Each year, as forest fires rage across the state, it’s heartbreaking to see thousands of trees consumed by flames. Just a few months ago, the Gladiator Fire blazed through more than 16,000 acres in the Prescott National Forest; and last year, the Wallow Fire destroyed more than 530,000 acres of the Apache-Sitgreaves National Forests, making it the largest forest fire in the state’s history. Unfortunately, many residents lost their homes in both of these fires, and all of us have lost so much that these tranquil forests have to offer.
But it’s not just the beauty or serenity of the forests that we lose. We also lose the environmental benefits the trees have to offer. Here’s a quick snapshot of what is lost when these devastating fires hit our region:
Carbon Dioxide Absorption
A single mature tree can absorb carbon dioxide at a rate of 48 pounds a year, the same amount of carbon generated from a car driven more than 8,500 miles.
About 98 percent of a tree’s weight is made up of six elements: carbon, hydrogen, nitrogen, oxygen, phosphorus and sulfur. In one year, one tree releases up to 260 pounds of oxygen.
Trees help the soil remain in good condition as they help reduce erosion and create a suitable environment that allows microorganisms to grow.
Trees minimize topsoil erosion, keep hazardous pollutants in the soil from flowing into our waterways, help reduce water runoff and persistently replenish our groundwater supplies.
In addition to the above benefits, we should also count the many species of birds, butterflies, insects, reptiles and mammals that utilize trees for their homes and food supply.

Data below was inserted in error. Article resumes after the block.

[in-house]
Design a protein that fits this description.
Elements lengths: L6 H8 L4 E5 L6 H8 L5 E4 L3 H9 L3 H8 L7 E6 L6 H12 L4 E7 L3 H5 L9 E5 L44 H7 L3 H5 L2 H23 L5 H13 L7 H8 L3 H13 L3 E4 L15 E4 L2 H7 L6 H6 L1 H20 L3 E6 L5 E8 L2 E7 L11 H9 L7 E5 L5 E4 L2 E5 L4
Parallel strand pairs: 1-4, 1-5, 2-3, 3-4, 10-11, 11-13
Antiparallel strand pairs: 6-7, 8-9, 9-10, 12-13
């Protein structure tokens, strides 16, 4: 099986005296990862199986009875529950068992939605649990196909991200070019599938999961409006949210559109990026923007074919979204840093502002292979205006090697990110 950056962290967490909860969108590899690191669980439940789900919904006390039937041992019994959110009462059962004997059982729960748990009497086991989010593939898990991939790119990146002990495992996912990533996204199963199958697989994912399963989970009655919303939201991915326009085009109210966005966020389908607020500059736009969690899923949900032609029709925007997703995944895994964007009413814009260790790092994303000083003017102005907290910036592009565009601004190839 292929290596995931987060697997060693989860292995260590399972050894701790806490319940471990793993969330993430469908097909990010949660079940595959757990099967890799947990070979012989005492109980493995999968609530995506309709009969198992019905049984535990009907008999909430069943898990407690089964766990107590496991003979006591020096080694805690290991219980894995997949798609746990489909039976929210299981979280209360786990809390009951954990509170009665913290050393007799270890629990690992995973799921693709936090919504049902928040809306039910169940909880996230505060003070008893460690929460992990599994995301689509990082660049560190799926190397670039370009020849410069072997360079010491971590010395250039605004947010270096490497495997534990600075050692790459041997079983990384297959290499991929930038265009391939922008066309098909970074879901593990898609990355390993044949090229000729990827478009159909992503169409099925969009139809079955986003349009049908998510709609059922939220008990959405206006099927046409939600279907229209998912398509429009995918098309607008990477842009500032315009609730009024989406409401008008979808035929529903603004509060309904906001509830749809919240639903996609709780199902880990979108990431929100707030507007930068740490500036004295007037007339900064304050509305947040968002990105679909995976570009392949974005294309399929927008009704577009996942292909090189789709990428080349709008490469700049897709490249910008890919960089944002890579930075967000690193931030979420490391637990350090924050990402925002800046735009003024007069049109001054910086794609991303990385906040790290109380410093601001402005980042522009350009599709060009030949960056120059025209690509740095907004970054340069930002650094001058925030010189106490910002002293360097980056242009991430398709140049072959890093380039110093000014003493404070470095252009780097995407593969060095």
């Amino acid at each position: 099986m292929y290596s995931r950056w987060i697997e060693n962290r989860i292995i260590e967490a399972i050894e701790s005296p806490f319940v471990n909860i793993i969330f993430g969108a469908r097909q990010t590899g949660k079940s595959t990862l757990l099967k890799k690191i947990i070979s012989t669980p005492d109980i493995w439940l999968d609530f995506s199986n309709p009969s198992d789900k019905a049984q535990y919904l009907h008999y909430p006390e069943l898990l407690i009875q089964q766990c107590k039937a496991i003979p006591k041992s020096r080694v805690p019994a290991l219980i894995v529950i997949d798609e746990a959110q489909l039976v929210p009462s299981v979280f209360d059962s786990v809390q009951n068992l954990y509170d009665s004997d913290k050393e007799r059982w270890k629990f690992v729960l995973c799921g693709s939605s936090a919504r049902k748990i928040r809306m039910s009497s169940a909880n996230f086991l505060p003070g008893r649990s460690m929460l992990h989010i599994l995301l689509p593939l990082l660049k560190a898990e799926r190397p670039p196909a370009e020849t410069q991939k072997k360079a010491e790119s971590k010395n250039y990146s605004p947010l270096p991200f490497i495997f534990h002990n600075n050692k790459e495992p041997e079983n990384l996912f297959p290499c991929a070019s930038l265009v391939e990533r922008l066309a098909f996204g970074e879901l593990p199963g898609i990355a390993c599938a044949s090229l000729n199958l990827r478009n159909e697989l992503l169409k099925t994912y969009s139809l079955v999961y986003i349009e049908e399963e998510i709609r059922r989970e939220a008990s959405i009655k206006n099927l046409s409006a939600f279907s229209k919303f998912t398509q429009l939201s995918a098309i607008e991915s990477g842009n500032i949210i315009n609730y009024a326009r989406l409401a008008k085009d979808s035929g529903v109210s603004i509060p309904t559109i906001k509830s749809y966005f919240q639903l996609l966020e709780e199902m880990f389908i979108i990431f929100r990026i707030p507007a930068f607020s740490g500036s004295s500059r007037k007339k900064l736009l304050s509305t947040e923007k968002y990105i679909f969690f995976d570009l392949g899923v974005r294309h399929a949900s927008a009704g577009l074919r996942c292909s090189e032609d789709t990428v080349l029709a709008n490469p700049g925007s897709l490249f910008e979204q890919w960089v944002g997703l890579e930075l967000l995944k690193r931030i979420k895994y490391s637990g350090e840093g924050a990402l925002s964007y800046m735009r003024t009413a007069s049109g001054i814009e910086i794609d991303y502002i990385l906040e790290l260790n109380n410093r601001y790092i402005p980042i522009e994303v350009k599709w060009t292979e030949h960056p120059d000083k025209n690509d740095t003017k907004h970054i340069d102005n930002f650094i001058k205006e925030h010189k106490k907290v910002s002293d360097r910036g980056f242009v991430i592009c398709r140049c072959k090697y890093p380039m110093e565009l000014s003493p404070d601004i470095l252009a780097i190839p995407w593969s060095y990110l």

It's vital that trees are protected and replaced when fires such as the recent Gladiator Fire, the Wallow Fire and the 2002 Rodeo-Chediski Fire destroy hundreds of thousands of acres. That's why we've developed the Trees for Change program for SRP customers.
The Trees for Change program is an easy, personal way to effect change. SRP customers simply sign up to add $3, $6, $9 or more to their monthly SRP bill. SRP will match every dollar our customers contribute up to $160,000, with 100 percent of the funds used to plant trees in Arizona forests. In addition, SRP employees have volunteered their time with the National Forest Service to plant the seedlings.
This past spring we started a number of projects including:
• 60,000 seedlings will be planted on approximately 600 acres of the Coconino National Forest where the Schultz Fire scorched more than 15,000 acres in 2010.
• Approximately 30,000 seedlings will be planted on 250 acres in the Highway 261 and Eagar South areas of the Apache-Sitgreaves Forest.
We are also very proud of our past efforts that include:
• Reforestation efforts in 2009 and 2010 in which 254,000 seedlings (consisting of about 247,000 ponderosa pines and about 7,000 Douglas-firs), were planted on 900 acres of the Warm Fire area.
• In 2011, crews planted more than 100,000 ponderosa pine seedlings on 300 acres of the Warm Fire area on the North Kaibab District along Highway 67, a popular route connecting Jacob Lake to the North Rim of the Grand Canyon.
• 82,000 native ponderosa pine seedlings were planted across 510 acres on the Black Mesa Ranger District, which was burned by the 2002 Rodeo-Chediski Fire. That fire consumed more than 467,000 acres of woodland.
Our goal is to help return Arizona land to its original beauty. Once the recent damage has been assessed by forest officials, we hope to replant the areas devastated by this year’s fires. SRP has a long and rich history of environmental stewardship and is concerned about the environmental challenges we face today.
For more information about SRP Trees for Change, log onto www.srpnet.com/trees or call (602) 236-4425.
Lori Singleton is director of SRP Emerging Customer Programs – Solar, Sustainability & Telecom.